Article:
Dorothee Benz: ‘We Need to Do Everything We Can on All Fronts’

That means protesting in the streets, that means burning up the Capitol Hill phone lines. That means efforts like the letter that you mentioned from law professors. Everything needs to happen.   

Janine Jackson interviewed organizer Dorothee Benz about impeachment protests for the December 20, 2019, episode of CounterSpin. This is a lightly edited transcript.   

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Janine Jackson: Many people didn’t wait for the House to act. More than 750 historians signed an open letter declaring that, “If Trump’s misconduct does not rise to the level of impeachment, then virtually nothing does.” And hundreds of thousands of people took to the streets, backed by dozens of organizations, here in New York City and around the country, calling for Trump’s impeachment and removal from office. Our next guest was one of them. Dorothee Benz is a writer and organizer; she joins us now by phone from Brooklyn. Welcome back to CounterSpin, Dorothee Benz.

Dorothee Benz: Great to be here.

JJ: I know it’s a big question, but why were you out in the street last night?

DB: There’s several levels of answer to that. First and most importantly, because it’s important. We need to do everything we can on all fronts. That means protesting in the streets, that means burning up the Capitol Hill phone lines. That means efforts like the letter that you mentioned from law professors. Everything needs to happen.

Trump is a menace to this country; to, particularly, people who are not white, male Christians; and a menace to the planet. And as you said, if this stuff isn’t impeachable, then nothing is.

Dorothee Benz: “If this flies, not only do we no longer have a rule of law in this country, but we are well on our way to a slide into authoritarianism.”

Trump is a menace to this country; to, particularly, people who are not white, male Christians; and a menace to the planet. And as you said, if this stuff isn’t impeachable, then nothing is. He’s racked up so many violations of law and the Constitution, that if this flies, not only do we no longer have a rule of law in this country, but we are well on our way to a slide into authoritarianism. So it’s very, very important that he be impeached and removed. And I know that’s not a likely scenario, but that makes it even more important for us to be in the streets.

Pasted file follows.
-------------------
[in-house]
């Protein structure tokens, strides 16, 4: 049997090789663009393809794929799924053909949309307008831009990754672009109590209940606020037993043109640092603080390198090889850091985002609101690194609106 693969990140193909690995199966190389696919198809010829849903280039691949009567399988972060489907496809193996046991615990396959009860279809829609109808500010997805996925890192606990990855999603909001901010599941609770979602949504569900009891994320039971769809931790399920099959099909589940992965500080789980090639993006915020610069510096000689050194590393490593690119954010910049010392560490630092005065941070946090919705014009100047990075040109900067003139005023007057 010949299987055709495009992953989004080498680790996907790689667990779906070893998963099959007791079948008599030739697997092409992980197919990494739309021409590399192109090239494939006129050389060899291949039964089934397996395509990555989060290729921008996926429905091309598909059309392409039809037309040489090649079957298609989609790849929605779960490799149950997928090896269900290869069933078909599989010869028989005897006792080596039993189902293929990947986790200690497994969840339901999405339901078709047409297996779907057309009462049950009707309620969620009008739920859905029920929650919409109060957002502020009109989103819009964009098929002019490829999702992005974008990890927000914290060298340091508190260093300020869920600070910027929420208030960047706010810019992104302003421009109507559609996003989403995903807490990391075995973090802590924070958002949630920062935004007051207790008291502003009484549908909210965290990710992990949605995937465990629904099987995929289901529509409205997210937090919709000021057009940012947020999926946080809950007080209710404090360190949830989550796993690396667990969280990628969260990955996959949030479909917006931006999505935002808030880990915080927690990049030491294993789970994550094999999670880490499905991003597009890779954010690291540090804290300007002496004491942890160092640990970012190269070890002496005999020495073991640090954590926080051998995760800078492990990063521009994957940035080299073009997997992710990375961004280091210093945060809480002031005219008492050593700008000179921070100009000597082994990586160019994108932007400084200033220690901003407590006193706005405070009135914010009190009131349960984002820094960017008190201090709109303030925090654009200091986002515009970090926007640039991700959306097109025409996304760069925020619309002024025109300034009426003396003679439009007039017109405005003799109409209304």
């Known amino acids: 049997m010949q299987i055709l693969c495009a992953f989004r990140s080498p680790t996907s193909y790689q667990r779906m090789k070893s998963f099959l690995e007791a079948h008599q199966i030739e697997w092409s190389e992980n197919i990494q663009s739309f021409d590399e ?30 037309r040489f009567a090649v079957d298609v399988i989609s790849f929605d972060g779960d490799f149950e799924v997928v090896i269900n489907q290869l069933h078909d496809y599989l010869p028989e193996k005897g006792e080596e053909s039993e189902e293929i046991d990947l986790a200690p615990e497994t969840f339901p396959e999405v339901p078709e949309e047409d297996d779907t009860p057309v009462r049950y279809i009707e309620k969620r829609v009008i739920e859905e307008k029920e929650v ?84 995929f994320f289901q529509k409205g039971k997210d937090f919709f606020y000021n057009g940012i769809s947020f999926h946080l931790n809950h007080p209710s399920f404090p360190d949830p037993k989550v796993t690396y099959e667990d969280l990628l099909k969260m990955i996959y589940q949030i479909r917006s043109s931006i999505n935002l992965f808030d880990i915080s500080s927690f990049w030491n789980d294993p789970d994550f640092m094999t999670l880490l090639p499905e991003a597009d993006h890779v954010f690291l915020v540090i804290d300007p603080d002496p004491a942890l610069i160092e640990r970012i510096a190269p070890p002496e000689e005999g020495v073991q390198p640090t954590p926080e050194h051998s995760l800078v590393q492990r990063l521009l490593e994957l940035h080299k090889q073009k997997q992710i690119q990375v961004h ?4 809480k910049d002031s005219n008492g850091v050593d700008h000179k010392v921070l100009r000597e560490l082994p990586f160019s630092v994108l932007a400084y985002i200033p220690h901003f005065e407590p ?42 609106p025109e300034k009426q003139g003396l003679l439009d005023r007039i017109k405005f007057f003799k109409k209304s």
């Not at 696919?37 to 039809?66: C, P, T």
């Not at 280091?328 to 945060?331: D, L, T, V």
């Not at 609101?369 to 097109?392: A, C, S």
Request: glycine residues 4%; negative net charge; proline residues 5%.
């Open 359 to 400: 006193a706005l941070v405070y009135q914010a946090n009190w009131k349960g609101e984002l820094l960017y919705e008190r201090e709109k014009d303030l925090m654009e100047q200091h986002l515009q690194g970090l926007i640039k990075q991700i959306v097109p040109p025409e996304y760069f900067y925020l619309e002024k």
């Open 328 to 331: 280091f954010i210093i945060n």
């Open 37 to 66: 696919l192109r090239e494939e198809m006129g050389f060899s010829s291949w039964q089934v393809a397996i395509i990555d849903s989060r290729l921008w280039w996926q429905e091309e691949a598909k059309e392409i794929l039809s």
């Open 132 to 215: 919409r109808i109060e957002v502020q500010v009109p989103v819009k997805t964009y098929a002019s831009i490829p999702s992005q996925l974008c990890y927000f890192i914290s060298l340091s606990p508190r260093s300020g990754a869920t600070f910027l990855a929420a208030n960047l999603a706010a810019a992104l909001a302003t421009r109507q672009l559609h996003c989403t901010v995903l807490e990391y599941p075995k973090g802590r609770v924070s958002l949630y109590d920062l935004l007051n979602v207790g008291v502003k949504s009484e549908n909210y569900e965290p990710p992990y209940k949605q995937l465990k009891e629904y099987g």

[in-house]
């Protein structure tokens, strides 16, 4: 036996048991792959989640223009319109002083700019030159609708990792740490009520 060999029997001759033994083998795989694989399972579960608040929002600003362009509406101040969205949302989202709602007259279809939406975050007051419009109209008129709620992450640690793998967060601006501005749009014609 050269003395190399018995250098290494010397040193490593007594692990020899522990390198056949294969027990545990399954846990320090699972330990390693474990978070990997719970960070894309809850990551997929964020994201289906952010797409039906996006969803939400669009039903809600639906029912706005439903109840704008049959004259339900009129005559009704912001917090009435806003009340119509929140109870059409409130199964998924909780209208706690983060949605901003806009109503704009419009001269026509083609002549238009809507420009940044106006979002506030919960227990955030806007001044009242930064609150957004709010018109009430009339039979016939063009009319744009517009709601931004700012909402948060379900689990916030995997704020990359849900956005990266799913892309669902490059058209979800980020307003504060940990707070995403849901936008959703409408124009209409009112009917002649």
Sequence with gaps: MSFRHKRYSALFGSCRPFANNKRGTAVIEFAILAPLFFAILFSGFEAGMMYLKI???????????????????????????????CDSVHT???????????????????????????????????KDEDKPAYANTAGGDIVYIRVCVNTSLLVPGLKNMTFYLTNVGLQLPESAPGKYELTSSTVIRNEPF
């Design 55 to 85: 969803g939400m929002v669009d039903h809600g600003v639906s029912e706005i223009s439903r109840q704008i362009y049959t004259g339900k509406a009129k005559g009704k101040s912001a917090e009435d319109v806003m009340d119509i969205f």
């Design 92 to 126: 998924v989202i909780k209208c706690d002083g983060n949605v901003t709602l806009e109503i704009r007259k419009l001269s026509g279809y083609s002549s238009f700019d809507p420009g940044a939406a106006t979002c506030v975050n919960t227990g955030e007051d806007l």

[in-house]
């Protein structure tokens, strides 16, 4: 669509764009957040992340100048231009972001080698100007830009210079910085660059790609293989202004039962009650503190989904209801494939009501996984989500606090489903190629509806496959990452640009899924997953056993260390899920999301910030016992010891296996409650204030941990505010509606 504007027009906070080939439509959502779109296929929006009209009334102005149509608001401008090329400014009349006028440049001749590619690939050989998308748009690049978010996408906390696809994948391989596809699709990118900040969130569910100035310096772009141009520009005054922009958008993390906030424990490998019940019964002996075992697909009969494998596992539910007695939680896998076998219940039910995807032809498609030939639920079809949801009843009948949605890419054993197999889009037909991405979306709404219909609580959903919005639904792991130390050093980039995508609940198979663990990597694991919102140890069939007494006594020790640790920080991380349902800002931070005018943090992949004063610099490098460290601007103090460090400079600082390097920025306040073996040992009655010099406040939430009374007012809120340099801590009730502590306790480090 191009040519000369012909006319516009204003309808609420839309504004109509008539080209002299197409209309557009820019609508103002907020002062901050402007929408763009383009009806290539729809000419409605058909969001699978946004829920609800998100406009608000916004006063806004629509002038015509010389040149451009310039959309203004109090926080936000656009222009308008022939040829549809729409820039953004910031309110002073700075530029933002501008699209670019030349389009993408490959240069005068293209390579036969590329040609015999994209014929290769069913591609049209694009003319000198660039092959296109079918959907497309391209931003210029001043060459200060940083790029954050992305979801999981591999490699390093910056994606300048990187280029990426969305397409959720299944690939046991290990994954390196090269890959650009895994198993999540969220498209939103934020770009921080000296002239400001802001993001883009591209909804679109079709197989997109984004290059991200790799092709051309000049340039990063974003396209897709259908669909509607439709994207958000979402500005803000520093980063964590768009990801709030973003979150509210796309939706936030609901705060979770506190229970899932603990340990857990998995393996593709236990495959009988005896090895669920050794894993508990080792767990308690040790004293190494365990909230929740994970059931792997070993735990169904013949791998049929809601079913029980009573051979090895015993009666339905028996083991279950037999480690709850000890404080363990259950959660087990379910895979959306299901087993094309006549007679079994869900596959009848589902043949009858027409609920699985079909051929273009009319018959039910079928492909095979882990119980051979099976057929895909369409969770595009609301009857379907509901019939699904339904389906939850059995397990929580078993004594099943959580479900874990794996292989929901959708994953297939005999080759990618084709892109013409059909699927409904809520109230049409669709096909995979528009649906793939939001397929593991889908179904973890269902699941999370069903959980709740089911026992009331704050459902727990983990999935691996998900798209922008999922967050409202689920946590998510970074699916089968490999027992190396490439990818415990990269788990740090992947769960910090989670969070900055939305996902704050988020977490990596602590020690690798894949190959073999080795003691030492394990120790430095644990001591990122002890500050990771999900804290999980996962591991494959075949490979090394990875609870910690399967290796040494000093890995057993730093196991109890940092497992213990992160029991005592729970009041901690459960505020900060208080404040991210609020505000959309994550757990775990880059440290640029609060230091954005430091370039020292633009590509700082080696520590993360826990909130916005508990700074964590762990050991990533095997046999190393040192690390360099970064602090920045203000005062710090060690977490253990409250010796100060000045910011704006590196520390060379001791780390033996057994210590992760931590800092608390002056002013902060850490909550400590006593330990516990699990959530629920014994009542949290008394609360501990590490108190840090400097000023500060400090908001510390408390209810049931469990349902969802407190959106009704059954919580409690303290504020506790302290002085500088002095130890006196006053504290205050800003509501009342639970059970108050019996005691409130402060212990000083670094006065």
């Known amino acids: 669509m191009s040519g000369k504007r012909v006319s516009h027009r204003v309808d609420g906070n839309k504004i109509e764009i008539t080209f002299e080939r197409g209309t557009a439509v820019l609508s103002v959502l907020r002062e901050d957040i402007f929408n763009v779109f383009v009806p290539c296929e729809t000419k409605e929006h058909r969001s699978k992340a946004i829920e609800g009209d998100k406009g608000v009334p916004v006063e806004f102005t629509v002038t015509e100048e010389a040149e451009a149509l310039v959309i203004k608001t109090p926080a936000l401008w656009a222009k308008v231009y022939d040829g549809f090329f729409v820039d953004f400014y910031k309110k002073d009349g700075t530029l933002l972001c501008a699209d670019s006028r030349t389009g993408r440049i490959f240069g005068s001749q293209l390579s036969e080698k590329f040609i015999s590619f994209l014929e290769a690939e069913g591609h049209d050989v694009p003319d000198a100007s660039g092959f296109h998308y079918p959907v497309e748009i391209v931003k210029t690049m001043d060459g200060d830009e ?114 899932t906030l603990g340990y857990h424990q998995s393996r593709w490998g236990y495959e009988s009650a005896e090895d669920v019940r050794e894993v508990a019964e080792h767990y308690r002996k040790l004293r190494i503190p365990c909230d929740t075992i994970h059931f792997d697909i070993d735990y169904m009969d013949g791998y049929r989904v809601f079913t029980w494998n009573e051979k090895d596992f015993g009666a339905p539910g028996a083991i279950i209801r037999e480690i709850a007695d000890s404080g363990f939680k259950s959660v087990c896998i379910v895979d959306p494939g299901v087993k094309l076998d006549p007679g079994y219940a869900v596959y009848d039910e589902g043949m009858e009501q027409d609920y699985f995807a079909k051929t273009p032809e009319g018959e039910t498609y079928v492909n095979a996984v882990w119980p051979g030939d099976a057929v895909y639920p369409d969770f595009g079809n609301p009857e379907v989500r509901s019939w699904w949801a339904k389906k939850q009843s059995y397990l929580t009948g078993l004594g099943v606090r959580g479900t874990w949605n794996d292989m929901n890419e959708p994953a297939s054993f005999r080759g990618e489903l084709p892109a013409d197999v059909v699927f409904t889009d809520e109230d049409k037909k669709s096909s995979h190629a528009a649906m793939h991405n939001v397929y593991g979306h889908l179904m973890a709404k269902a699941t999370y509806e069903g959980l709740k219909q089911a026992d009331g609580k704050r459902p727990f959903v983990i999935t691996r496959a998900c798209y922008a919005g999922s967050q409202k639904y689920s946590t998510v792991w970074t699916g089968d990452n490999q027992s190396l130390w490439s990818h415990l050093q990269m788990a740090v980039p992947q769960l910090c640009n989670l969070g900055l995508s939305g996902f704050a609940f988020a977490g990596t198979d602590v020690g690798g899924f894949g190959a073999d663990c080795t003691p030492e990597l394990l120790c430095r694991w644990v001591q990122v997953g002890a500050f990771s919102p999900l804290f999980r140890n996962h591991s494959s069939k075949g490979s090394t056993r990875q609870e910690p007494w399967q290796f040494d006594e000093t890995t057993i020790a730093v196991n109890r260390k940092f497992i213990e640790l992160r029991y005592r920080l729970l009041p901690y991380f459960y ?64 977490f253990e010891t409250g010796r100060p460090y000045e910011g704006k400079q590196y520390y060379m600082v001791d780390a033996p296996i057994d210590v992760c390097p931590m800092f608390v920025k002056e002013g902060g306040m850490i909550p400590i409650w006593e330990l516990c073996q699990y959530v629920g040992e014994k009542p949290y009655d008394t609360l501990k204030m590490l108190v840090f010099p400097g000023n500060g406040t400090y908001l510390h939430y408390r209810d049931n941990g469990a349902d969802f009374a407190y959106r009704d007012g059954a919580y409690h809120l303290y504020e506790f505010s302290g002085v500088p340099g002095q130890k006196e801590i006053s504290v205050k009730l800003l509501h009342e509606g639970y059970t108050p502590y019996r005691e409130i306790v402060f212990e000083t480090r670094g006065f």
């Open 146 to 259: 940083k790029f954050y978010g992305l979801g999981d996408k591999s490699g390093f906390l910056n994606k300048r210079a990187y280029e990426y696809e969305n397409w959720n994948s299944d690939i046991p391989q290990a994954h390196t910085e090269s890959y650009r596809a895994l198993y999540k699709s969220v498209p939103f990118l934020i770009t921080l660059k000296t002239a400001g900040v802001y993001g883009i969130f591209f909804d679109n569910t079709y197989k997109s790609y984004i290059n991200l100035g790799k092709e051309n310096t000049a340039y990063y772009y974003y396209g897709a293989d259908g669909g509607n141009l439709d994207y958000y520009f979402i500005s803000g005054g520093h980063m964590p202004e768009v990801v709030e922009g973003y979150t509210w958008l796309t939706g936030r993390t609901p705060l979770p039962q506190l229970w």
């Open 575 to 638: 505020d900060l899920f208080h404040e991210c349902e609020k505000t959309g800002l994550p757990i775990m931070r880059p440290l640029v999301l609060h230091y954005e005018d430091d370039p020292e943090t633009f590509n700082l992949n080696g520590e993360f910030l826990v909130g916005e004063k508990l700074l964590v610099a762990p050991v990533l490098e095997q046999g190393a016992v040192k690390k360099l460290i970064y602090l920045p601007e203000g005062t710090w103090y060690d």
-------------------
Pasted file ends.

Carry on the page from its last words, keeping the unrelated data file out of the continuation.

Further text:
And I want to just pause and say that Trump is certainly not the only problem that we have. And in some ways, he’s the embodiment of many problems that we’ve had for centuries. But without getting rid of him, all the other problems are that much harder to solve. So that’s the first reason.

The second reason is because Congress, both houses of Congress…. How to say this nicely? They’re clearly not up to the job. They have made it clear for three years that they’re not going to do what needs to be done without being massively pressured by the people. The Republicans, obviously, are a wholly owned subsidiary of Trump, Inc. at this point, but the Democratic Party…. You know, your mother says if you can’t say anything nice, don’t say anything…but damn! Three years in, they still haven’t understood that it’s not business as usual. Right? They’ve had to be pushed every step of the way to show any real resistance to the extent that they have.

And I think about things like the battle against Trumpcare, the battle to save the Affordable Care Act and what that took: the millions and millions of people that called, the hundreds of thousands that came to DC and protested, the thousands that got arrested. And that was a defensive victory, but a hell of a victory.

And that is the kind of model, I think, that those of us who were out in the freezing cold rain in New York and in 600 cities across the country last night, have in mind; it’s going to take that kind of effort, but we have to make it.

JJ: Let me just ask you, finally: You’ve always been an organizer. But for many people, going out in the street feels dangerous, it feels transgressive. But we really have to absorb our right to these sorts of actions, don’t we?

DB: Yeah, no, that’s absolutely true. I mean, rights that are just on a piece of paper are just a piece of paper; you have to actually enforce them, you have to defend them. And especially when your elected representatives are a little…meek, let’s say, it really is up to all of us to defend our rights. That’s what makes a democracy. It’s not the once-every-four-years to a voting booth–if you’re not gerrymandered into it not mattering in your district, and if you’re not voter-suppressed out of the roll–that’s not what makes democracy; that is an important part of it, but what makes a democracy is that we’re in the streets defending our rights, that we’re on the phones defending our rights, that we’re doing everything; we’re participating in our society and in our government at every level.

JJ: We’ve been speaking with writer and organizer Dorothee Benz. You can read her work on Medium.com. Dorothee Benz, thanks so much for joining us this week on CounterSpin.

DB: It’s great to be here.

Janine Jackson is FAIR’s program director and producer/host of FAIR’s syndicated weekly radio show CounterSpin.

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